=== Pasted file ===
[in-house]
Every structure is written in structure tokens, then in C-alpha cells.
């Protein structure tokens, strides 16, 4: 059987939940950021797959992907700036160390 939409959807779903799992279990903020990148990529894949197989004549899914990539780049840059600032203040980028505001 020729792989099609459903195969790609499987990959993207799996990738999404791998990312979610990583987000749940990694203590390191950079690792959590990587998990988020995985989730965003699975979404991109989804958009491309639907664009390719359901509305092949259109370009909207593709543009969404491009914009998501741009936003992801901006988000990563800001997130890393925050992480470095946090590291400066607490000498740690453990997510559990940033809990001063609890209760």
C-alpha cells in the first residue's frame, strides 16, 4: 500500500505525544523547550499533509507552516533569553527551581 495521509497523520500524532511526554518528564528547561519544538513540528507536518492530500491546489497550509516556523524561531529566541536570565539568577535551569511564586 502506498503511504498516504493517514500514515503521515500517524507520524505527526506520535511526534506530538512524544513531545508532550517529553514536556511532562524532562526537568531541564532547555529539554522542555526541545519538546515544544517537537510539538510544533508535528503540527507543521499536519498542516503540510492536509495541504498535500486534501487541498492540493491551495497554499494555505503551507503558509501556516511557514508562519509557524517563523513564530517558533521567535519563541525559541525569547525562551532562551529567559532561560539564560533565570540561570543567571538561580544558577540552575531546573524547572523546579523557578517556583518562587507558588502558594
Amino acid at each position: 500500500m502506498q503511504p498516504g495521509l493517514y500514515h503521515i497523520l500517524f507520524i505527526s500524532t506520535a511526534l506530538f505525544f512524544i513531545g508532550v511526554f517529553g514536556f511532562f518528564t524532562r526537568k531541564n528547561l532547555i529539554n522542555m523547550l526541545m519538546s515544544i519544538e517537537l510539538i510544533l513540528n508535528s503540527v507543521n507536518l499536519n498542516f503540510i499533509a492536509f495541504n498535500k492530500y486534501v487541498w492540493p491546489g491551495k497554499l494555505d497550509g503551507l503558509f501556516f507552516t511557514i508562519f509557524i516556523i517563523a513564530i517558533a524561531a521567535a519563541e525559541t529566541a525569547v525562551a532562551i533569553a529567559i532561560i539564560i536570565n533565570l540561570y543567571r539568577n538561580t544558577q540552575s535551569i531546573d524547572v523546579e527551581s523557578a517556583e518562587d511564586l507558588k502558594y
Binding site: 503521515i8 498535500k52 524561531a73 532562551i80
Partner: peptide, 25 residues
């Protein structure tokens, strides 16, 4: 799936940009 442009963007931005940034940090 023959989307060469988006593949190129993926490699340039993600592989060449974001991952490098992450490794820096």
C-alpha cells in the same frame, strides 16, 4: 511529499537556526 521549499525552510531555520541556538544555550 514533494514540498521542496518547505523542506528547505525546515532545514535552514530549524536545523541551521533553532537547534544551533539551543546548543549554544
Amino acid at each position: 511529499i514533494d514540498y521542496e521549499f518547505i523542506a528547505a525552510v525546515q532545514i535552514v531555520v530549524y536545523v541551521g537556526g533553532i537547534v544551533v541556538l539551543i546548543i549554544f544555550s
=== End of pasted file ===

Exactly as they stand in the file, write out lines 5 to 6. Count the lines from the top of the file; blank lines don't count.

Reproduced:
Amino acid at each position: 500500500m502506498q503511504p498516504g495521509l493517514y500514515h503521515i497523520l500517524f507520524i505527526s500524532t506520535a511526534l506530538f505525544f512524544i513531545g508532550v511526554f517529553g514536556f511532562f518528564t524532562r526537568k531541564n528547561l532547555i529539554n522542555m523547550l526541545m519538546s515544544i519544538e517537537l510539538i510544533l513540528n508535528s503540527v507543521n507536518l499536519n498542516f503540510i499533509a492536509f495541504n498535500k492530500y486534501v487541498w492540493p491546489g491551495k497554499l494555505d497550509g503551507l503558509f501556516f507552516t511557514i508562519f509557524i516556523i517563523a513564530i517558533a524561531a521567535a519563541e525559541t529566541a525569547v525562551a532562551i533569553a529567559i532561560i539564560i536570565n533565570l540561570y543567571r539568577n538561580t544558577q540552575s535551569i531546573d524547572v523546579e527551581s523557578a517556583e518562587d511564586l507558588k502558594y
Binding site: 503521515i8 498535500k52 524561531a73 532562551i80